by David Horowitz
Scrum is not a quick fix. It won’t make your software better overnight. It won’t increase trust between your team and its stakeholders in a flash. And, especially at first, it will seem like it causes additional overhead, not less.
But there’s a secret to making Scrum work for you, and it’s not hiring an agile coach or getting a certification.
You’ve probably heard of Bruce Lee, American-born and Hong Kong-raised martial artist and actor. In addition to founding the “neo-classical” Jeet Kune Do fighting style, he’s famous for his martial-arts related movies, such as Enter The Dragon, Fist of Fury, and The Big Boss.
Beyond Hollywood and his martial arts career, Lee was also a philosopher, and to a certain extent his sage advice is the most powerful part of his legacy. Here’s one thing Lee said: “I fear not the man who has practiced 10,000 kicks once, but I fear the man who has practiced one kick 10,000 times.”
Let’s Continue With Jeff Hoffman
Jeff Hoffman is a serial entrepreneur, motivational speaker, film producer, and jazz artist. He’s has been involved in many highly successful companies, including Priceline.com and UBid.com. In a post on Inc.com, Mr. Hoffman tells the story of a pair of startup founders who were pitching him on a new business idea. Mr. Hoffman describes the founders as bright, motivated, and passionate — all necessary character traits in the startup world.
In their pitch, the founders started with a brilliant idea that excited Mr. Hoffman and made him interested in hearing more. But by the end of their pitch, the founders had also tried to sell Mr. Hoffman on second and third ideas. Big mistake.
According to Mr. Hoffman, “What do you think happens when you try to launch three ideas at once? Nothing.”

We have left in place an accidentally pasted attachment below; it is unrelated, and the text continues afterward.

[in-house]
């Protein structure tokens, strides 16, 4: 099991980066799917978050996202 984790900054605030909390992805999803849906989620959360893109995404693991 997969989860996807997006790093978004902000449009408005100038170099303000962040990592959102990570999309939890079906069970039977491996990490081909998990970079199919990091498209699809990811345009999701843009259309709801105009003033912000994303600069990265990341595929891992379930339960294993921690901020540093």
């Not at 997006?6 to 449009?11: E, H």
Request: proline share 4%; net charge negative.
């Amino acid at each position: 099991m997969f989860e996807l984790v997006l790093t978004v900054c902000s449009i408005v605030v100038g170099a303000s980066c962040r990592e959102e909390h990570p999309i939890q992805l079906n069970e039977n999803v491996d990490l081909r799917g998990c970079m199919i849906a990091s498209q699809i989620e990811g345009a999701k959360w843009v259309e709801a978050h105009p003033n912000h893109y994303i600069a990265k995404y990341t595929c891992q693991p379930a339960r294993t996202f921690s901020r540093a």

What Do They Have in Common?
Bruce Lee and Jeff Hoffman may be in different fields. They might have different talents. But they also have something important in common. They both are big believers in an important truth: to be good at anything, and I mean really good, you have to focus on a single thing at a time.
Which leads us to Scrum. Scrum is not a “set it and forget it” project management framework and, I’m sorry to say, it doesn’t have all answers to all of your team’s problems. (In fact, it’s not really a project management framework at all! It’s much more of a state of mind, though that’s a story for another day.) Scrum is, however, a great starting place for your team. But after you’ve internalized its principles and realized its shortcomings, what then?
Fortunately for you, Scrum provides a method for inspecting, adapting, and improving your team’s processes: the retrospective. Retrospectives are a chance for your team to go over what’s going well, what’s going not well, and what it can do to improve.
But you’ve probably been running retrospectives already, hopefully with some amount of success. Is there a way we can apply the principle of “being good at one thing” to retrospectives?
Action Plans and Follow Through